This morning I quizzed my eight-year-old daughter on her knowledge of Buddhism. This isn’t catechism class, just question and answer. I’m curious about how much she knows. We don’t belong as a family to any formal Buddhist organization, but since birth she has seen various bhikkhus, rinpoches, and Zen masters pass through our house—friends from my monk days or because of my writing. She asks lots of questions and remembers the answers she gets.

This morning it’s my turn. The questions are historical and not esoteric at all.

“What name did the Buddha give his son?” It sounds like a game show question, and I wouldn’t be surprised if she answered, “What is Rahula, or ‘Hindrance.’” But she doesn’t.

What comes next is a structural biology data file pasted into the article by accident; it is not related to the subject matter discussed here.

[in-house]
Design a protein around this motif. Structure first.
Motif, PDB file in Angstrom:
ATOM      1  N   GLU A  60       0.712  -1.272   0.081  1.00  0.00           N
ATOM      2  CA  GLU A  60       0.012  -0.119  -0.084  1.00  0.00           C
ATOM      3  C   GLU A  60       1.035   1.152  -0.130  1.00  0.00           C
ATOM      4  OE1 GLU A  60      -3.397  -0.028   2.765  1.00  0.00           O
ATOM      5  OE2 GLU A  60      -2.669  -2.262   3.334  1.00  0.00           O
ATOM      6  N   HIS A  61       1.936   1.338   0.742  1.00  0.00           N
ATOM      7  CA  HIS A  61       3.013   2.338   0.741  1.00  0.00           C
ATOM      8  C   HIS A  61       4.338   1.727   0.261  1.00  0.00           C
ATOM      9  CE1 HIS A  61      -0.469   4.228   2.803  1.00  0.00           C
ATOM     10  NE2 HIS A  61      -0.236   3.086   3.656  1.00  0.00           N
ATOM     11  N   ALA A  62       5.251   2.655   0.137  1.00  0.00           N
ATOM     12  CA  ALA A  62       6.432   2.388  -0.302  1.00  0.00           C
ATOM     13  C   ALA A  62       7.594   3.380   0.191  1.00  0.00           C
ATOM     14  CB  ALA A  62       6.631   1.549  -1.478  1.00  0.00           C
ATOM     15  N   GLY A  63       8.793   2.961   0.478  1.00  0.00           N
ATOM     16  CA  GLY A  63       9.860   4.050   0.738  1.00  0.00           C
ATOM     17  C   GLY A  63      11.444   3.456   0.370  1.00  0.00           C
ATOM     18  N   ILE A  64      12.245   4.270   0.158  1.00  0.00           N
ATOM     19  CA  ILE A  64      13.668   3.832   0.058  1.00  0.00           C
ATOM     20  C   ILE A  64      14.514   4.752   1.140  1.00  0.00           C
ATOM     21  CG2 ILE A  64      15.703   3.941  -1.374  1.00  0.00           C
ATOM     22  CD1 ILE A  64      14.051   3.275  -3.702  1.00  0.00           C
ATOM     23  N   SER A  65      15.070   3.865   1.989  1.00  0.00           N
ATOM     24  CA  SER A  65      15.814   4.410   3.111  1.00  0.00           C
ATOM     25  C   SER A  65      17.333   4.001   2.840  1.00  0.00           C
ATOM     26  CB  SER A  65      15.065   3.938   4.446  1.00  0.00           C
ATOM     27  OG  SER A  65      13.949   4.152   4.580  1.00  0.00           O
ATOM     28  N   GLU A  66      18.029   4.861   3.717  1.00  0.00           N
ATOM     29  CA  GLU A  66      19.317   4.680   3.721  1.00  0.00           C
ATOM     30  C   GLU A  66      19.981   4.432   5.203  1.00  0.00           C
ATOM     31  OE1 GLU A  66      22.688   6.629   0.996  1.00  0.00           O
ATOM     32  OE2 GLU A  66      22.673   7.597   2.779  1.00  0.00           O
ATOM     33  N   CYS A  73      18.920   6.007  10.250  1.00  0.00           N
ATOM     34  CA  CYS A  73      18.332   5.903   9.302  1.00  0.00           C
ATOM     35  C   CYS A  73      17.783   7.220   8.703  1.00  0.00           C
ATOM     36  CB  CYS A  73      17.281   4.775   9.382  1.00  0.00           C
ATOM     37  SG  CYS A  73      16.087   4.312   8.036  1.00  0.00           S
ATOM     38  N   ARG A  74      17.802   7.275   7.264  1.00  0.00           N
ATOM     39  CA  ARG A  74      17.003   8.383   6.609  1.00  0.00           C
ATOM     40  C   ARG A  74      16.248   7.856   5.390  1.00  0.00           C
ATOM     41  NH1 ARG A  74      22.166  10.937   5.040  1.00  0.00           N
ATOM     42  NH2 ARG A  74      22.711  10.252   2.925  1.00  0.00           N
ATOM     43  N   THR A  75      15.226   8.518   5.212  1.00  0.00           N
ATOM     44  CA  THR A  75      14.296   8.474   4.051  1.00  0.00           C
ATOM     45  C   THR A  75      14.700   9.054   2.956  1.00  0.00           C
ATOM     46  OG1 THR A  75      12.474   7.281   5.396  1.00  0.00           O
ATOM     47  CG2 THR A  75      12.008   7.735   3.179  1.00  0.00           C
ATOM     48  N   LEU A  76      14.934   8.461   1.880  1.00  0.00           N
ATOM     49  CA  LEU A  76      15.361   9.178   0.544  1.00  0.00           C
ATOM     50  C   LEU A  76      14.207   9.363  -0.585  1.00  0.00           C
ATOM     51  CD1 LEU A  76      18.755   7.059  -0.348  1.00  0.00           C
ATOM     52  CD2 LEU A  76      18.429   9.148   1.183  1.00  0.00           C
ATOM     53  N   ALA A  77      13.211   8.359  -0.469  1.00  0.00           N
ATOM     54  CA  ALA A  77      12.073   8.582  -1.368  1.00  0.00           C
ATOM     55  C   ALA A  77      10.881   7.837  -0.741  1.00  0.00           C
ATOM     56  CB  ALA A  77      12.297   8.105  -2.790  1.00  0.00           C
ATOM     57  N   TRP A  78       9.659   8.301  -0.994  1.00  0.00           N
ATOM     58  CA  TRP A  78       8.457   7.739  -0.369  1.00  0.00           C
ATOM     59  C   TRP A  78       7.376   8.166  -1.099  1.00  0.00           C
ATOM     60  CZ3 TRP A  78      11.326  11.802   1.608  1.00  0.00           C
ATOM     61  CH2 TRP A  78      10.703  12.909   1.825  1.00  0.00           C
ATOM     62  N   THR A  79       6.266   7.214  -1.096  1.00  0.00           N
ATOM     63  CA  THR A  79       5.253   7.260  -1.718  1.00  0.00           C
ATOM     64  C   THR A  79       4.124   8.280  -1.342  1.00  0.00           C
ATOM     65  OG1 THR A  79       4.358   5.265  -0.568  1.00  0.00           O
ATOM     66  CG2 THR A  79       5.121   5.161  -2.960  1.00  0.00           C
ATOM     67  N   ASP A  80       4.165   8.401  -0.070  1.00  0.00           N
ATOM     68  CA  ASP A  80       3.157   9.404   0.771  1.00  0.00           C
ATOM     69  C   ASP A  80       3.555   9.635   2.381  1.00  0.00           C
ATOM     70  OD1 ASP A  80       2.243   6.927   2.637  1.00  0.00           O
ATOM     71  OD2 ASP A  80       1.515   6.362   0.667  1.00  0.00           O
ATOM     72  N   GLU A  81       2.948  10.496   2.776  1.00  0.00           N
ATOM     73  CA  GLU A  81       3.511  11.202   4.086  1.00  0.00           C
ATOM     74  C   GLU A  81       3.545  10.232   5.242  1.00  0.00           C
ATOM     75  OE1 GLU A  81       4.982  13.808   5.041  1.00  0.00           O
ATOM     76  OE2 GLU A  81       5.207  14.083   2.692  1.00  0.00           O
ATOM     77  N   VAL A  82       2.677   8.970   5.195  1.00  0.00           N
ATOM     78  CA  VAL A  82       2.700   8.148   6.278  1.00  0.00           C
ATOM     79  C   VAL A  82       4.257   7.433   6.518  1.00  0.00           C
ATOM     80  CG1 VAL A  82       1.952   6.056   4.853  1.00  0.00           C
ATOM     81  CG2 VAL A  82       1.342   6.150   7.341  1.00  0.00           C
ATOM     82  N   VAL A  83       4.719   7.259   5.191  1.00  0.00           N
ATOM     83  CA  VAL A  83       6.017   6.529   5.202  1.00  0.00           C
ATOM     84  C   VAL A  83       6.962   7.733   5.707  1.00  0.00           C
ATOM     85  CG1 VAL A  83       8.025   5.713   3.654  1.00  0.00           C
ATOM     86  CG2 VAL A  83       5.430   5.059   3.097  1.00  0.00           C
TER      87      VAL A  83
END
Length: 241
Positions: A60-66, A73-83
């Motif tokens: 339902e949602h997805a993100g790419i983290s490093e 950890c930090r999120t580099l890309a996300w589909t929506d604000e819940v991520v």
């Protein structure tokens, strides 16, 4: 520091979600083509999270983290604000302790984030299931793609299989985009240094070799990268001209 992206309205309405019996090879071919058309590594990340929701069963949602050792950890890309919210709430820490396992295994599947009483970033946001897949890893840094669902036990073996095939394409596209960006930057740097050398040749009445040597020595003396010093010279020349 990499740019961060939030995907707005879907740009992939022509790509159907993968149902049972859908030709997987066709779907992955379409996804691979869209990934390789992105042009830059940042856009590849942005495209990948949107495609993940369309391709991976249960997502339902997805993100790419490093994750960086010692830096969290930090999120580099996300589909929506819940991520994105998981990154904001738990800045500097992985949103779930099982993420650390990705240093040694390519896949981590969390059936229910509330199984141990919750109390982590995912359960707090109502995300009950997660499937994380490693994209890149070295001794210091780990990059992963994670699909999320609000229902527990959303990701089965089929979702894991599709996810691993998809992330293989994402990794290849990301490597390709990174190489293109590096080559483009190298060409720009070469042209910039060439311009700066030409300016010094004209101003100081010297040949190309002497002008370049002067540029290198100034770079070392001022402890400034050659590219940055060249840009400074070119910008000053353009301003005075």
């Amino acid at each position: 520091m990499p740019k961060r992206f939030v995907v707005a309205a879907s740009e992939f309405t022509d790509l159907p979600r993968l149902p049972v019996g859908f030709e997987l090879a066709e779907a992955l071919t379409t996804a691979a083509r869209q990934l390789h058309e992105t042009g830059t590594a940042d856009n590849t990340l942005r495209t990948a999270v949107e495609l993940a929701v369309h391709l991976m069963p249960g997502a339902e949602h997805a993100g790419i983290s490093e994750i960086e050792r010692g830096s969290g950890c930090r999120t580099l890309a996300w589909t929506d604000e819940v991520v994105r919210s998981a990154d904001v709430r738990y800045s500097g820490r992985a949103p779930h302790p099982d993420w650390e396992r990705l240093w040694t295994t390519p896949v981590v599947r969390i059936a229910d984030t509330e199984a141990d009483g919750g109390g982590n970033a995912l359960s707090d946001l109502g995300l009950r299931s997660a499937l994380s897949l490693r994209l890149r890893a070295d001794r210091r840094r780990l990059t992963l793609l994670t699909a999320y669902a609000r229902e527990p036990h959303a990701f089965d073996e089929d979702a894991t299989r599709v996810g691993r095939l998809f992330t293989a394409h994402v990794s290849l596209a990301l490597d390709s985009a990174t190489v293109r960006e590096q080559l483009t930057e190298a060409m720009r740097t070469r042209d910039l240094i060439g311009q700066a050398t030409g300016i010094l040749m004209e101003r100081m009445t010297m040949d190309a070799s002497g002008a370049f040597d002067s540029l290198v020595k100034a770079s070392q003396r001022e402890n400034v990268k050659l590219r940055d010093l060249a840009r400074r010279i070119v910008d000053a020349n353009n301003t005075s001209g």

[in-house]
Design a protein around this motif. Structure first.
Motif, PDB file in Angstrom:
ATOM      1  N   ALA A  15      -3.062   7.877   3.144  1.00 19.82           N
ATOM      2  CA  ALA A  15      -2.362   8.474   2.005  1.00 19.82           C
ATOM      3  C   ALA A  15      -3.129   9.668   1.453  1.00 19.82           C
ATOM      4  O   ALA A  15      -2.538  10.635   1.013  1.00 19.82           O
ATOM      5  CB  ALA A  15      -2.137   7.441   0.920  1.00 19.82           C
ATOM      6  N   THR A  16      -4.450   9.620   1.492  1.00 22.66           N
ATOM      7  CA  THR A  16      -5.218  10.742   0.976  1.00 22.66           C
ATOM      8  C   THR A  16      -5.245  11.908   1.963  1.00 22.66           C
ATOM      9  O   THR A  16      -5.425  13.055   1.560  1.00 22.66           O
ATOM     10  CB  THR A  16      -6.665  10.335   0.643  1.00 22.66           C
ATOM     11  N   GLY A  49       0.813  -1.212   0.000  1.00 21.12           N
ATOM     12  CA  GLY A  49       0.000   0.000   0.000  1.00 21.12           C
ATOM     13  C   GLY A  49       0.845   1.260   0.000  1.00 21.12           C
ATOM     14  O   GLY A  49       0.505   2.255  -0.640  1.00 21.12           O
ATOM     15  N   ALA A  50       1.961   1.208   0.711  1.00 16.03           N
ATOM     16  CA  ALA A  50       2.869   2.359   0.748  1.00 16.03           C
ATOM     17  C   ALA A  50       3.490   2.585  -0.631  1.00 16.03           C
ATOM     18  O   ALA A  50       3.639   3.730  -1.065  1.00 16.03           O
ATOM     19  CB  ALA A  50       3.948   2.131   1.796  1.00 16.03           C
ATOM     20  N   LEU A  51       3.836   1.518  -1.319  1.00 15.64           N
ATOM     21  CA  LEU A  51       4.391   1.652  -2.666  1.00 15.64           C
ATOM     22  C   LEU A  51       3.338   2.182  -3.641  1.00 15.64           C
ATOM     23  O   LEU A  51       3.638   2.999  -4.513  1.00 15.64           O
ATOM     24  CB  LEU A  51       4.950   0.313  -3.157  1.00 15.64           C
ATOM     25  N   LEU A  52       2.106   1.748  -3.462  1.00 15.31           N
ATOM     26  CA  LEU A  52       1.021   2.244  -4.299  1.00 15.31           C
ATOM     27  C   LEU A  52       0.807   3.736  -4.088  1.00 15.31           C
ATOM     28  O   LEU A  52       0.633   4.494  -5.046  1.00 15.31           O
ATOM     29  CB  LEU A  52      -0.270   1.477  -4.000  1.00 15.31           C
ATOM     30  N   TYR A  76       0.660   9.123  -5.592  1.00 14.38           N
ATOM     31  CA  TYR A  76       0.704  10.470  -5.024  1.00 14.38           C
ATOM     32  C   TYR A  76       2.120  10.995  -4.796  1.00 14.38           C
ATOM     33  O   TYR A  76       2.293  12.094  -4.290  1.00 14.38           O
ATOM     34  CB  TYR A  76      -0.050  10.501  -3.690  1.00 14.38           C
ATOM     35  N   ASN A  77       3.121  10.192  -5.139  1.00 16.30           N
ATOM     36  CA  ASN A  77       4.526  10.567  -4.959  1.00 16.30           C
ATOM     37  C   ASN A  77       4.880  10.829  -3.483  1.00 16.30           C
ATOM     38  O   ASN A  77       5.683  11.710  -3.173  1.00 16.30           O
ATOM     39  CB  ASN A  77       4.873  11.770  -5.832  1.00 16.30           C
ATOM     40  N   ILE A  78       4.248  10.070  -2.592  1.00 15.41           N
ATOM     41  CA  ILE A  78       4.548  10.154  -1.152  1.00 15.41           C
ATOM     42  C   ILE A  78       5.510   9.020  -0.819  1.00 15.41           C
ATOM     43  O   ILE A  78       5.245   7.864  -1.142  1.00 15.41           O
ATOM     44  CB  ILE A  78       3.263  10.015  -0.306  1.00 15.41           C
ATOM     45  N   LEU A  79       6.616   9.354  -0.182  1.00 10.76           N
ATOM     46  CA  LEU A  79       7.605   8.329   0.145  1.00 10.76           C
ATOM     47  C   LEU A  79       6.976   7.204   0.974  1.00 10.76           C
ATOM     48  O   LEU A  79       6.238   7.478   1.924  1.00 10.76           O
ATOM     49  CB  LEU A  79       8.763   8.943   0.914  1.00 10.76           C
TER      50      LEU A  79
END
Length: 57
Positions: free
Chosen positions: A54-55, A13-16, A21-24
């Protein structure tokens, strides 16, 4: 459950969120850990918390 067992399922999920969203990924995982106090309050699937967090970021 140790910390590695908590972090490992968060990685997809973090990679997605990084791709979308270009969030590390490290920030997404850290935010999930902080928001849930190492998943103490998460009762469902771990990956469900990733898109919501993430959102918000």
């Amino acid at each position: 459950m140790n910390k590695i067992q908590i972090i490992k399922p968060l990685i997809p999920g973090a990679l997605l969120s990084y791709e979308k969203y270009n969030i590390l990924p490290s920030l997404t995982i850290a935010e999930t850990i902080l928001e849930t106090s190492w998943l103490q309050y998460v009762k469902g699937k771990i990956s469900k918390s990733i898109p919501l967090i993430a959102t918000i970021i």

“Wasn’t it ‘Get-in-the-Way’?” she ventures. Which the judges deem a correct answer, since it tells it as it is.

The bald fact of the matter is that children do get in the way of monastic practice. How could it be otherwise? Monastic practice must be done with single-minded devotion. Parenting is the same. Those people who think you can have both, it seems to me, must either not be very good parents or not very good monks—or possibly either. That is why the Buddha abandoned his son. It just doesn’t work.

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